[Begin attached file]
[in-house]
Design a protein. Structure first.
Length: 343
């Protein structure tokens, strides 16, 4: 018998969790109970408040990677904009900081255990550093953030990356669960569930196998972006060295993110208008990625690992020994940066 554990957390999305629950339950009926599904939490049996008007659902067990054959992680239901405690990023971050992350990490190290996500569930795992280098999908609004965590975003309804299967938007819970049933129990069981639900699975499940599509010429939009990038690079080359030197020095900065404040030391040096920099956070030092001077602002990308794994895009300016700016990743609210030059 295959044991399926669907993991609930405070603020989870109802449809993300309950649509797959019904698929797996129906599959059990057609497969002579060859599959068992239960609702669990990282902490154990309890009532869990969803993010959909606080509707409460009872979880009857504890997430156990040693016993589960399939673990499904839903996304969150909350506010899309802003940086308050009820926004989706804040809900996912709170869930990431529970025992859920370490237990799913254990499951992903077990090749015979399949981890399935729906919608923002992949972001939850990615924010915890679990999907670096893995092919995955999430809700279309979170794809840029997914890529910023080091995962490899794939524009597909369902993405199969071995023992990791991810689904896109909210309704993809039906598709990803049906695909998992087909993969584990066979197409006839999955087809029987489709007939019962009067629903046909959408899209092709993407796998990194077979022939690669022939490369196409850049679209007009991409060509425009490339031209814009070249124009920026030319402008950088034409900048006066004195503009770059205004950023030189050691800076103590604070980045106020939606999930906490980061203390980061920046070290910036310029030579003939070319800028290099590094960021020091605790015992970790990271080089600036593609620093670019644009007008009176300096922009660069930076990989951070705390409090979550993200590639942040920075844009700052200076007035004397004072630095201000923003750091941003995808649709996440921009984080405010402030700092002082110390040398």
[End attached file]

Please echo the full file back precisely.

[in-house]
Design a protein. Structure first.
Length: 343
């Protein structure tokens, strides 16, 4: 018998969790109970408040990677904009900081255990550093953030990356669960569930196998972006060295993110208008990625690992020994940066 554990957390999305629950339950009926599904939490049996008007659902067990054959992680239901405690990023971050992350990490190290996500569930795992280098999908609004965590975003309804299967938007819970049933129990069981639900699975499940599509010429939009990038690079080359030197020095900065404040030391040096920099956070030092001077602002990308794994895009300016700016990743609210030059 295959044991399926669907993991609930405070603020989870109802449809993300309950649509797959019904698929797996129906599959059990057609497969002579060859599959068992239960609702669990990282902490154990309890009532869990969803993010959909606080509707409460009872979880009857504890997430156990040693016993589960399939673990499904839903996304969150909350506010899309802003940086308050009820926004989706804040809900996912709170869930990431529970025992859920370490237990799913254990499951992903077990090749015979399949981890399935729906919608923002992949972001939850990615924010915890679990999907670096893995092919995955999430809700279309979170794809840029997914890529910023080091995962490899794939524009597909369902993405199969071995023992990791991810689904896109909210309704993809039906598709990803049906695909998992087909993969584990066979197409006839999955087809029987489709007939019962009067629903046909959408899209092709993407796998990194077979022939690669022939490369196409850049679209007009991409060509425009490339031209814009070249124009920026030319402008950088034409900048006066004195503009770059205004950023030189050691800076103590604070980045106020939606999930906490980061203390980061920046070290910036310029030579003939070319800028290099590094960021020091605790015992970790990271080089600036593609620093670019644009007008009176300096922009660069930076990989951070705390409090979550993200590639942040920075844009700052200076007035004397004072630095201000923003750091941003995808649709996440921009984080405010402030700092002082110390040398």